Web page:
The new chair of the Nuclear Regulatory Commission was taken to task on the need for a better understanding of the seismic landscape around the Diablo Canyon nuclear power plant.
On Jan. 28 in Washington, D.C., the U.S. House of Representatives Subcommittee on Energy and Power had a chance to hear from NRC Chairman Allison Macfarlane and question her on a range of topics from the storage of hazardous waste to regulatory oversight.
Congresswoman Lois Capps took her five minutes to question Macfarlane about her commitment to seeking additional information about the seismic risk surrounding the plant prior to signing off on license renewal that would allow the plant to operate until 2045. The call for additional information has thus far come from state lawmakers and regulators.
If the federal regulator was enthusiastic about the issue, she didn’t show it.
“The health and safety of my constituents is my top priority, and I strongly believe that additional study of the fault is needed before the relicensing process can move forward,” Capps told Macfarlane. “… Do you also agree that having additional, independent data on the Shoreline Fault would be helpful?”
“Additional information can always be helpful, but we can operate with the information that we have,” Macfarlane said.
Capps also asked pointed questions of Macfarlane in light of an October 2012 NRC report that wrote off the newly discovered Shoreline Fault, which sits just offshore from the plant, as not representing a significant risk. A U.S. Geological Survey report by the geologist who discovered the fault in 2009, however, concluded that much about the fault is still unknown.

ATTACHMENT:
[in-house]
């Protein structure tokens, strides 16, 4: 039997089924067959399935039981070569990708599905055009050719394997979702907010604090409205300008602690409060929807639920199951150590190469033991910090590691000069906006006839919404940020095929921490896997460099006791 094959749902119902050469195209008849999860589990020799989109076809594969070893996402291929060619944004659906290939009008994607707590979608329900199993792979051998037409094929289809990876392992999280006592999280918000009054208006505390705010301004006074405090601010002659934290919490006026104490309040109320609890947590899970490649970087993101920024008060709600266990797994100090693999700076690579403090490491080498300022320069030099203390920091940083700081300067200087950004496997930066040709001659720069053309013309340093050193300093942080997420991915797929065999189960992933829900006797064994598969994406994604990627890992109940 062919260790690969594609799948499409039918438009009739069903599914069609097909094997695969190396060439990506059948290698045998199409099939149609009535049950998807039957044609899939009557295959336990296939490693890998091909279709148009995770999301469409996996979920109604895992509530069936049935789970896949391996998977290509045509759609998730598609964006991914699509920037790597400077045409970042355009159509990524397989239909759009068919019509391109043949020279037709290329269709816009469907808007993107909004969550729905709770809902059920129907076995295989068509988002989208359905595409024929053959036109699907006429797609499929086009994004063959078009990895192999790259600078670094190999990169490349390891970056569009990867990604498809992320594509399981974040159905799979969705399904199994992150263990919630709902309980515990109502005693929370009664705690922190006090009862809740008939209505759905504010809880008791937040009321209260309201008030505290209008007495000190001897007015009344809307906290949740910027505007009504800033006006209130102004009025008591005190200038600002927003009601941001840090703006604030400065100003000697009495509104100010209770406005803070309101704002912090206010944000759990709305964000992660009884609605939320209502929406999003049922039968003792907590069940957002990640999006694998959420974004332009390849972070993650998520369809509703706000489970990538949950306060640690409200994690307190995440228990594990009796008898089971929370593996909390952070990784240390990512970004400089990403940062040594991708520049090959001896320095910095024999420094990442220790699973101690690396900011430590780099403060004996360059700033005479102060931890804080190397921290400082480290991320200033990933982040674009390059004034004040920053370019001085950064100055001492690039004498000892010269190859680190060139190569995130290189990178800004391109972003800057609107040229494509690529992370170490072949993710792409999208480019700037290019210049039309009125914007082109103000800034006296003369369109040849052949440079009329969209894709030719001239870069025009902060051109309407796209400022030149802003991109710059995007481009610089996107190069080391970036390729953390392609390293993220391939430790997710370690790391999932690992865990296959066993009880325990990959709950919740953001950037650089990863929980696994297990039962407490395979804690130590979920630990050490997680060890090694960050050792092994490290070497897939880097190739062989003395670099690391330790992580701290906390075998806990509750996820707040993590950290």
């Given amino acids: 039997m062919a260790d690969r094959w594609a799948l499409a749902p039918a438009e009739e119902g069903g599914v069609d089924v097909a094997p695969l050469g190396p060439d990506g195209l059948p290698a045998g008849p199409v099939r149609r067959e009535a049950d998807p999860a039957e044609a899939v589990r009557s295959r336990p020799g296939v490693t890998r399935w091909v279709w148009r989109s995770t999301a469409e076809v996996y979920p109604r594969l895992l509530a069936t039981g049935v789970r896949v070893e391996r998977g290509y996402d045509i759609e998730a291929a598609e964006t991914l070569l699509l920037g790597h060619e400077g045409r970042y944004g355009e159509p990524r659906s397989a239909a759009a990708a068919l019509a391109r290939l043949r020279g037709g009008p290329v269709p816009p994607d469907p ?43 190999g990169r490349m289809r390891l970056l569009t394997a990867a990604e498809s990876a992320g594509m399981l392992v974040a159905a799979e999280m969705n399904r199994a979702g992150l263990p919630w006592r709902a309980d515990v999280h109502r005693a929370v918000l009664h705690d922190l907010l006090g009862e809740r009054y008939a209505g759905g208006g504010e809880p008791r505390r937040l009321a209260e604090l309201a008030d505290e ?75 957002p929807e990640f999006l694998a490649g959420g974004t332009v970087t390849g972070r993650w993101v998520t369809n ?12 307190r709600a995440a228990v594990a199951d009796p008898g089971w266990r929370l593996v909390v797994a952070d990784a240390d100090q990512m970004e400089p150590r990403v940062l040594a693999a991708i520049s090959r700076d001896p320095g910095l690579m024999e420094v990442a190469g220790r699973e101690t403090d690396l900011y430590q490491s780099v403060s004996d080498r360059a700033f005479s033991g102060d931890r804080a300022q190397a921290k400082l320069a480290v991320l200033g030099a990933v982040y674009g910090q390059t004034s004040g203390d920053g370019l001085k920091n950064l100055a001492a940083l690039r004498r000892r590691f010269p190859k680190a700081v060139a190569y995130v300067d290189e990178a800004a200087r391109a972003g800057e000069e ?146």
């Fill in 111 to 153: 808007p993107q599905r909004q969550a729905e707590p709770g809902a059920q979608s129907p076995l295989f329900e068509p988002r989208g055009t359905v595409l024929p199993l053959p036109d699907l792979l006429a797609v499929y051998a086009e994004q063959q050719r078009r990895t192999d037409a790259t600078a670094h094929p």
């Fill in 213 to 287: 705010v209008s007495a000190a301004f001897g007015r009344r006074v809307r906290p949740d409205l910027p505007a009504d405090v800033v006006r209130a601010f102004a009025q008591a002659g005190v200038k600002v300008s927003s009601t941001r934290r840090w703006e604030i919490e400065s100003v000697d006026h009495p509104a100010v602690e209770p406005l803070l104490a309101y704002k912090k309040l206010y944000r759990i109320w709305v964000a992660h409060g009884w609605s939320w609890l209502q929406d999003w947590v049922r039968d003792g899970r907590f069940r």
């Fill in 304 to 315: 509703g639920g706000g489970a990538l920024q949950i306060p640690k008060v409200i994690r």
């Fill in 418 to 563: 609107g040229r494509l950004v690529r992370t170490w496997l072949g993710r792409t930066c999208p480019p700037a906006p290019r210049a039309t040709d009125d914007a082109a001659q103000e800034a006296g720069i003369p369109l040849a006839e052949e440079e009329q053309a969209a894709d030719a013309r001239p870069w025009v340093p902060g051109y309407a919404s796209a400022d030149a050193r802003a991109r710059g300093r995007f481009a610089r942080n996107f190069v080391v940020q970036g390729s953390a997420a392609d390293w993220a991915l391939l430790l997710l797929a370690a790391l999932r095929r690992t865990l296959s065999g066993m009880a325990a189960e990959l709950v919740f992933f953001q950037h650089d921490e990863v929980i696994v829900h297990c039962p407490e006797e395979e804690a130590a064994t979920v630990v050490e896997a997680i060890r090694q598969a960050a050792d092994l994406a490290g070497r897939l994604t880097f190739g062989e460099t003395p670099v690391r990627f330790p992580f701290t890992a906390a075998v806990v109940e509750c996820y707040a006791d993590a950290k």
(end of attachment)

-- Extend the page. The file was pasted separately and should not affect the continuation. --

Macfarlane said that, on the federal level, there’s a committee currently assessing the seismic situation around Diablo Canyon.
“We’re observing this process and are looking to see what the outcome is,” she said.
A day before the hearing, Capps and Macfarlane met privately to discuss the issue at greater length than what was allotted before the subcommittee.
“She certainly thought it was a good conversation,” Capps’ press secretary, Ashley Schapitl, told New Times. “Lois has made no secret that she’s been kind of skeptical of the NRC on the seismic issue, and it’s an issue that’s especially relevant to Diablo Canyon.”
Macfarlane recently visited the Central Coast on Jan. 15, touring Diablo Canyon and meeting with county officials and representatives of nuclear-related interest groups San Luis Obispo Mothers for Peace and the Alliance for Nuclear Responsibility.
Pacific Gas & Electric, which operates the facility, has stayed its relicensing efforts for Diablo’s two reactors after it was denied a permit by the California Coastal Commission in November, halting the utility’s effort to map fault lines offshore using high-energy, three-dimensional surveys, due to environmental concerns.
Macfarlane—the only current NRC commissioner with a professional background in geology—was sworn in as the new NRC head in July. Her term is currently set to expire June 30, 2013.
The current licenses for Diablo Canyon do not expire until 2024 and 2025.